He saw the dinosaur had finished the meat. The next aisle contained the veg.

It won’t want that, Jack thought. I never do. Still, if a creature comes through from the next world, it can jolly well go back there again and at speed. We don’t want his sort here.

‘Come here, boy,’ Jack did a quick check, ‘sorry, girl. This world is no place for you.’

Jack took a flare out from his tool belt and fired it above the dinosaur. It roared and ran back through the gaping hole in dimensions its body had blocked from Jack’s view.

Jack sighed. He’d have to fix that too.

About the author

Allison Symes is published by Chapeltown Books, Cafe Lit, and Bridge House Publishing amongst others.  She is a member of the Society of Authors and Association of Christian Writers.  Her website is www.allisonsymescollectedworks.wordpress.com and she blogs for Chandler’s Ford Today – http://chandlersfordtoday.co.uk/author/allison-symes/

Am enjoying Doctor Who though admittedly tonight’s episode was not for the arachnophobes amongst us. Scary though, as DW is meant to be. I always did sympathise with Ron Weasley in Harry Potter and the Chamber of Secrets over his reaction to the giant spiders in that.

Character fears can be a good area to explore to:-

a. Find out whether or not they overcome them
b. How the fears developed
c. What happens when forced to face up to them.

Fears can be the making of a character if, to use the modern phrase, “they feel the fear and do it anyway”. There have got to be some great stories there!

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Facebook – General – and More than Writers, ACW blog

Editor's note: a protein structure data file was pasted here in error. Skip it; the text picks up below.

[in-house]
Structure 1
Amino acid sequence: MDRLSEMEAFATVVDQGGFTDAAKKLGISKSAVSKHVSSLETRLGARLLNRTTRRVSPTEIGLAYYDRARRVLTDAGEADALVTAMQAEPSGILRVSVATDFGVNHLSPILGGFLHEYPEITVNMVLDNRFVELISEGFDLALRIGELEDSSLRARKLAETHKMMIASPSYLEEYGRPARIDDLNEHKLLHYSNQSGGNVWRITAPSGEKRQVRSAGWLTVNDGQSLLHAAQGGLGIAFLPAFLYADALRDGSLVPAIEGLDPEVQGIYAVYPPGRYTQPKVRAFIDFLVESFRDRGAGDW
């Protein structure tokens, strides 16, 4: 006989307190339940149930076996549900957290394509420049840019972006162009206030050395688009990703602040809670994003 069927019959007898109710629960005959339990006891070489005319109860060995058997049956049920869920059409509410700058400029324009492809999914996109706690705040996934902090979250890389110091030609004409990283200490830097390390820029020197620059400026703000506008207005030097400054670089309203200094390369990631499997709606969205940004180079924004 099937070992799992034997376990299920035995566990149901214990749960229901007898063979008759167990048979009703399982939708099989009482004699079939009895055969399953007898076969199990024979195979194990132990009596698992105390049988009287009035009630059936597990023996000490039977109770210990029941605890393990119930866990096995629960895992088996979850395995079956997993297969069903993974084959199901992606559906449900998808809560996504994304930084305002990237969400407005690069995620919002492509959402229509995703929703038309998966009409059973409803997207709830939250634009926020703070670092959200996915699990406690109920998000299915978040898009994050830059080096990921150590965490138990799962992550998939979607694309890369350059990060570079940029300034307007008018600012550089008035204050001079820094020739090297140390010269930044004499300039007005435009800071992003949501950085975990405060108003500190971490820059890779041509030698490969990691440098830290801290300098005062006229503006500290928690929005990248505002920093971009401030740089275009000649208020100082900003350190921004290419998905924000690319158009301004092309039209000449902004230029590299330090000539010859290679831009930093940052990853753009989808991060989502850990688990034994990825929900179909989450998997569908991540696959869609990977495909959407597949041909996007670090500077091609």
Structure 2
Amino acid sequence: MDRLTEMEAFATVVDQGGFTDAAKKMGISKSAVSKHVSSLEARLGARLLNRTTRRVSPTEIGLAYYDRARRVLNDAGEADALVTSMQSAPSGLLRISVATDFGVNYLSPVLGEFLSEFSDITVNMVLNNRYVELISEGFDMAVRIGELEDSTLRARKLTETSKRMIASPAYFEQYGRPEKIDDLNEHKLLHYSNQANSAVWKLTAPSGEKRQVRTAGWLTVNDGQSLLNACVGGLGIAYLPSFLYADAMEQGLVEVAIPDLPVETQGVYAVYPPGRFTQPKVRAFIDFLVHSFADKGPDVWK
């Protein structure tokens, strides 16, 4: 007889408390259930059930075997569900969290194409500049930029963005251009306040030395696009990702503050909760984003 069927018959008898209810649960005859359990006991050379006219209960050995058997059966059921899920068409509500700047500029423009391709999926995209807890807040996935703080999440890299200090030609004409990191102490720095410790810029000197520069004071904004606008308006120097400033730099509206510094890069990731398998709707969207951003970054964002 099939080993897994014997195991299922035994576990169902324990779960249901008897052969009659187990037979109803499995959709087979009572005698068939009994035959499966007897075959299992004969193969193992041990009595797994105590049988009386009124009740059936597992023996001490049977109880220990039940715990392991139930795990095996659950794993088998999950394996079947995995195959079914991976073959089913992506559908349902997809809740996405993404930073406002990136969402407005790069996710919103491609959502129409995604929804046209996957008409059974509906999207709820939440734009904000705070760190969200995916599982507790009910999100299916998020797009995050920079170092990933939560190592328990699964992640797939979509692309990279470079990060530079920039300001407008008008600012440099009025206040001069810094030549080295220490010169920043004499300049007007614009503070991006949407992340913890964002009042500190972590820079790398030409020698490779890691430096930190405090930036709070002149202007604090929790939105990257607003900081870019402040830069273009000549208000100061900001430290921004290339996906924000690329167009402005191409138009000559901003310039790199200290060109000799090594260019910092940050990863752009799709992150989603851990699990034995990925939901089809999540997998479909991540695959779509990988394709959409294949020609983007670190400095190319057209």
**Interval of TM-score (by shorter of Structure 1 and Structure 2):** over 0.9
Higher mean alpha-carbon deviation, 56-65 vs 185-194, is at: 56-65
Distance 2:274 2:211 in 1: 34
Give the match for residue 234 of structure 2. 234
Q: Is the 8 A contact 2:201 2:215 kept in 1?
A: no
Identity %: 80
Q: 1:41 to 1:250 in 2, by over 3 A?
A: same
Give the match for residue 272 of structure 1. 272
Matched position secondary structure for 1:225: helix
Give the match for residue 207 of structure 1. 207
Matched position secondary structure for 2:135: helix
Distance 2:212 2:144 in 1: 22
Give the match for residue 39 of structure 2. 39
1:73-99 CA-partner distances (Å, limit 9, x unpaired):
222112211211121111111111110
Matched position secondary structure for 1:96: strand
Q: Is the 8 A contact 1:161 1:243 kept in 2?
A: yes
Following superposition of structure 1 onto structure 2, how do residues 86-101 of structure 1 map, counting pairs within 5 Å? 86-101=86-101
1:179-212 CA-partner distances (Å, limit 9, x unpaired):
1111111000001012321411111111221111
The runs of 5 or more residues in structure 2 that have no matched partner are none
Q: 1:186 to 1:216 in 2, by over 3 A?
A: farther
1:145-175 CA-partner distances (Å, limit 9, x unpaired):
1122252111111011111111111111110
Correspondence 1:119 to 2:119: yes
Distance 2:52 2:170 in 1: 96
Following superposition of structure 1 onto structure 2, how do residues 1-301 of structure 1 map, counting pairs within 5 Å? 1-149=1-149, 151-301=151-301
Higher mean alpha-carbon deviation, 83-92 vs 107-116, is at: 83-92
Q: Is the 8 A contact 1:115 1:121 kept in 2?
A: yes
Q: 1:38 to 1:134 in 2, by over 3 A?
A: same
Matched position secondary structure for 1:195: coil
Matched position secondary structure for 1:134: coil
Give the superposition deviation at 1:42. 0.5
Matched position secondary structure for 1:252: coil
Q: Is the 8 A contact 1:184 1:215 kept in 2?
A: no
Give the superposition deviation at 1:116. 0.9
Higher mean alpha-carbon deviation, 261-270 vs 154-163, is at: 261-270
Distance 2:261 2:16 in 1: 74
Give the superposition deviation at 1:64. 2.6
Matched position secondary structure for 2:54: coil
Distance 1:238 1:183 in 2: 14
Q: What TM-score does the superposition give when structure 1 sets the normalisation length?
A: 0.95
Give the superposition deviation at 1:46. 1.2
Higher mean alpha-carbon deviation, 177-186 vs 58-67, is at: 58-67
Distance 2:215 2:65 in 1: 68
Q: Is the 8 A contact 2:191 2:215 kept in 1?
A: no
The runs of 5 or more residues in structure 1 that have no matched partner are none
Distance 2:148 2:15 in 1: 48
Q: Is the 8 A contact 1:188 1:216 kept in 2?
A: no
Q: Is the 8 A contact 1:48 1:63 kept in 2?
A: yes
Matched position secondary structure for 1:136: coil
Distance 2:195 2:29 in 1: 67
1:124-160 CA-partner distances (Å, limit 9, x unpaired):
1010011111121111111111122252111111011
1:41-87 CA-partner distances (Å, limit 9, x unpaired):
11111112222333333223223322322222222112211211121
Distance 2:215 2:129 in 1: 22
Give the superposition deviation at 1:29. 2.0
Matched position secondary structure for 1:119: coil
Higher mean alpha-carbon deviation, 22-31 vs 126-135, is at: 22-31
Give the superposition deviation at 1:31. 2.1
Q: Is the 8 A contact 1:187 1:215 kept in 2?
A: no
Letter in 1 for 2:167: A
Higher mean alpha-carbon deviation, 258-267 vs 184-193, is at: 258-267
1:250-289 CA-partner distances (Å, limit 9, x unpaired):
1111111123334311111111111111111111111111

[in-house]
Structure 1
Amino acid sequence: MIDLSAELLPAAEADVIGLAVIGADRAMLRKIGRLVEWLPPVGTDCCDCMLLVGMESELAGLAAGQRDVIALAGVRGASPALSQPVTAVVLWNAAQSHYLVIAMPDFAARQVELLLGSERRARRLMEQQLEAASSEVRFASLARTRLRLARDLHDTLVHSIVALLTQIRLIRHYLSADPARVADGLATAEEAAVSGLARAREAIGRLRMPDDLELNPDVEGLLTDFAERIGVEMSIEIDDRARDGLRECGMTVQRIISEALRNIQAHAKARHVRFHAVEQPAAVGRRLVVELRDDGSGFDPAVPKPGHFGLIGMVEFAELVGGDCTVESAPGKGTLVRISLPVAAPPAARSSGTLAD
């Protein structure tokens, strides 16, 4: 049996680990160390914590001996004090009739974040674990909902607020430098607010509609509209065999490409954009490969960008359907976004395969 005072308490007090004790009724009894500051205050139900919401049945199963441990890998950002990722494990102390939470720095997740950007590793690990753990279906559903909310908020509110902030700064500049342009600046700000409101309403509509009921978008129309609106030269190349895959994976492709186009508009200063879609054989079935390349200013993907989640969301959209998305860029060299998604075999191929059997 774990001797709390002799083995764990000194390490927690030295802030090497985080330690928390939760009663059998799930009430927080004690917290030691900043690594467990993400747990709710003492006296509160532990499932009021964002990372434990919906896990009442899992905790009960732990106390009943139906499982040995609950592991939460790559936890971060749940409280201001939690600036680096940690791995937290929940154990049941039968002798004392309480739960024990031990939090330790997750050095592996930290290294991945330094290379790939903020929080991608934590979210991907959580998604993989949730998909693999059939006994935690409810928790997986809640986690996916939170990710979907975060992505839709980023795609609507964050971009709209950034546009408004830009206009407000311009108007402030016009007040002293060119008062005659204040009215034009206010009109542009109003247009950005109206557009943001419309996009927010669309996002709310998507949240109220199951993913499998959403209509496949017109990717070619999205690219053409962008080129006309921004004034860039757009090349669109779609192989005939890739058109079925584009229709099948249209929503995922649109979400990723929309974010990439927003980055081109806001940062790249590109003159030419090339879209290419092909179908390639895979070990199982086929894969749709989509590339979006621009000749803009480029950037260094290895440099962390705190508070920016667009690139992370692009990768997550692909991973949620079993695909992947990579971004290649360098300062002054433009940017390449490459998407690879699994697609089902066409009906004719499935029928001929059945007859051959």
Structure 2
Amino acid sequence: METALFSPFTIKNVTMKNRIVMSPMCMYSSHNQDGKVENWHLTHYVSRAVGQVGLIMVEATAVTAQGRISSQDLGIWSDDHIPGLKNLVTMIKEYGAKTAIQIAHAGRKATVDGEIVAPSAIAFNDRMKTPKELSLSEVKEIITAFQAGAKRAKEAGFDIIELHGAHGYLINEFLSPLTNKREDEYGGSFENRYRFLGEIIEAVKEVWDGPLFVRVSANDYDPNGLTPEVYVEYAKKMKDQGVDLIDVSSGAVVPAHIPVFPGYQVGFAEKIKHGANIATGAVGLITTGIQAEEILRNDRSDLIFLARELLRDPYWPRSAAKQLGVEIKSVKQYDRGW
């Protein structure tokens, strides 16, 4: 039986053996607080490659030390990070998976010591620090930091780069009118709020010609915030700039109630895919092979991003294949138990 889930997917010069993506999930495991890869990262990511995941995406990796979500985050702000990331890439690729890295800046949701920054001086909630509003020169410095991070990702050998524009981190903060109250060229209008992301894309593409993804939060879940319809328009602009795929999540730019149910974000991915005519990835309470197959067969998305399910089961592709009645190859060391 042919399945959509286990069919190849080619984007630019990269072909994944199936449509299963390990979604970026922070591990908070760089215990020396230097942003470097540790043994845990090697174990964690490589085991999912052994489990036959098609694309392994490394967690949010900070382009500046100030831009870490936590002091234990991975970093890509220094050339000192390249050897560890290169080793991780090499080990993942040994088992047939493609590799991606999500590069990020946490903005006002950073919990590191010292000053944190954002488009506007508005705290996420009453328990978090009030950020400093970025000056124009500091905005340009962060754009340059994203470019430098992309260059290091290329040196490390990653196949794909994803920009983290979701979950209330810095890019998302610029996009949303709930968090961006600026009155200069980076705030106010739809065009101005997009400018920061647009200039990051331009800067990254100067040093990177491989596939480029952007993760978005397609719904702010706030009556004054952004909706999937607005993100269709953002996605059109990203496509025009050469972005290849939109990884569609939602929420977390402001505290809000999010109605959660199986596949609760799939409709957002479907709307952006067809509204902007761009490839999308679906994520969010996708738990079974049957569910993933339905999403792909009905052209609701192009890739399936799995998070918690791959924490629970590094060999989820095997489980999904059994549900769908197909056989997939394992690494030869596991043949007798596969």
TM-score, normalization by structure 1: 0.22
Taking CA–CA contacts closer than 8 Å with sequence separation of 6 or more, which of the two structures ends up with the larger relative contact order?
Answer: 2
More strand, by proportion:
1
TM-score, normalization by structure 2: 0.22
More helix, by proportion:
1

Time for my monthly spot on More Than Writers, the Association of Christian Writers’ blog. This time, I look at KISS and why Keeping It Simple really isn’t a stupid thing to do.

The irony is that effortless reading (which is a joy) has almost certainly been subject to many an edit to get it to that point. Writing directly can be harder than you think. Fighting the urge to embellish what doesn’t need it is an ongoing thing.

Anyway, hope you enjoy.

Keeping It Simple Is Definitely Not Stupid

I’m not fond of the acronym, KISS (Keep It Simple, Stupid), as there’s nothing stupid about “direct” writing. Keeping it simple is much harder to do than whoever invented that acronym supposed. I guess it is meant to imply the other person IS stupid for not keeping it simple but the reality is you have to edit hard to get your prose to the state where it reads as if it has been written effortlessly.

In my honest opinion, keeping your writing simple is never a stupid thing to do.  Pixabay image.

You then repeat the process until you reach the point where you cannot improve the work. Sometimes you reach the point of being heartily sick of it but that’s another story.  It shows it’s time to take a break and come back to it later and look at it again with a fresh perspective.  The distance away from it does help.

Some editing is definitely needed here!  Pixabay image!

I learned a long time ago when someone makes something look easy, whether it is writing or any other creative art, you can bet that same someone has worked their socks off for years, perfecting their craft, to achieve this.  (And, as they say, other hosiery items are available!).

Just how much hard work has gone into getting to this stage?  Pixabay image

I start my editing of a story or a blog post by looking for what I know are my wasted words – “very”, “actually” and “that”.  The first two contribute little to a piece, you do need “that” sometimes but not nearly as often as you might think, and I have found by focusing on removing these words first, I enter straight into “editor mode”.  It is easier when in that mindset to cut what has to be cut.  (I can justify the “that” there!).

I overwrite, which I used to hate, but now I accept it is part of how I write and there is little a good edit or several can’t fix!  Rarely have I written a piece where I’ve needed to “fill” and I hated it when I did.  It felt artificial and was one of those rare instances where I binned the whole idea (and that is needed sometimes if, no matter what you do, it isn’t working).